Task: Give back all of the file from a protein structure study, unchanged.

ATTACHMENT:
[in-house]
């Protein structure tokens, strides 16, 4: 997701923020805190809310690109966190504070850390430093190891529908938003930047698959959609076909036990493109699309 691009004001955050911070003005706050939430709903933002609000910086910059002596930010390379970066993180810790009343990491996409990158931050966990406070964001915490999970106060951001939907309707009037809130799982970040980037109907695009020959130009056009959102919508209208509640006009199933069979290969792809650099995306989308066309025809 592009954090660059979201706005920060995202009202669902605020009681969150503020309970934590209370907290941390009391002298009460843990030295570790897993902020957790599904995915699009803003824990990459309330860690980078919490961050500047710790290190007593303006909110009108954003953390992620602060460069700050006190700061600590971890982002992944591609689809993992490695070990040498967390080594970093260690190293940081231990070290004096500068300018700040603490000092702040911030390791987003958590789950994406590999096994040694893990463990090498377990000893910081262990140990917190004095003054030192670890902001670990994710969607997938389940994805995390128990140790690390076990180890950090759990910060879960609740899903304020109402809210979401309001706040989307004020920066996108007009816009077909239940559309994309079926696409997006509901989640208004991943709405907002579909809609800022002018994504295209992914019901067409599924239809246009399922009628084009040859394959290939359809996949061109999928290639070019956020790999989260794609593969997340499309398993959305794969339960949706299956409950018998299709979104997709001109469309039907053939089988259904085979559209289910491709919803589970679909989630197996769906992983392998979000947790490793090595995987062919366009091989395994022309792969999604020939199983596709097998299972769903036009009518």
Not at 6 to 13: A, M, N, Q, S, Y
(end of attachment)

[in-house]
């Protein structure tokens, strides 16, 4: 997701923020805190809310690109966190504070850390430093190891529908938003930047698959959609076909036990493109699309 691009004001955050911070003005706050939430709903933002609000910086910059002596930010390379970066993180810790009343990491996409990158931050966990406070964001915490999970106060951001939907309707009037809130799982970040980037109907695009020959130009056009959102919508209208509640006009199933069979290969792809650099995306989308066309025809 592009954090660059979201706005920060995202009202669902605020009681969150503020309970934590209370907290941390009391002298009460843990030295570790897993902020957790599904995915699009803003824990990459309330860690980078919490961050500047710790290190007593303006909110009108954003953390992620602060460069700050006190700061600590971890982002992944591609689809993992490695070990040498967390080594970093260690190293940081231990070290004096500068300018700040603490000092702040911030390791987003958590789950994406590999096994040694893990463990090498377990000893910081262990140990917190004095003054030192670890902001670990994710969607997938389940994805995390128990140790690390076990180890950090759990910060879960609740899903304020109402809210979401309001706040989307004020920066996108007009816009077909239940559309994309079926696409997006509901989640208004991943709405907002579909809609800022002018994504295209992914019901067409599924239809246009399922009628084009040859394959290939359809996949061109999928290639070019956020790999989260794609593969997340499309398993959305794969339960949706299956409950018998299709979104997709001109469309039907053939089988259904085979559209289910491709919803589970679909989630197996769906992983392998979000947790490793090595995987062919366009091989395994022309792969999604020939199983596709097998299972769903036009009518």
Not at 6 to 13: A, M, N, Q, S, Y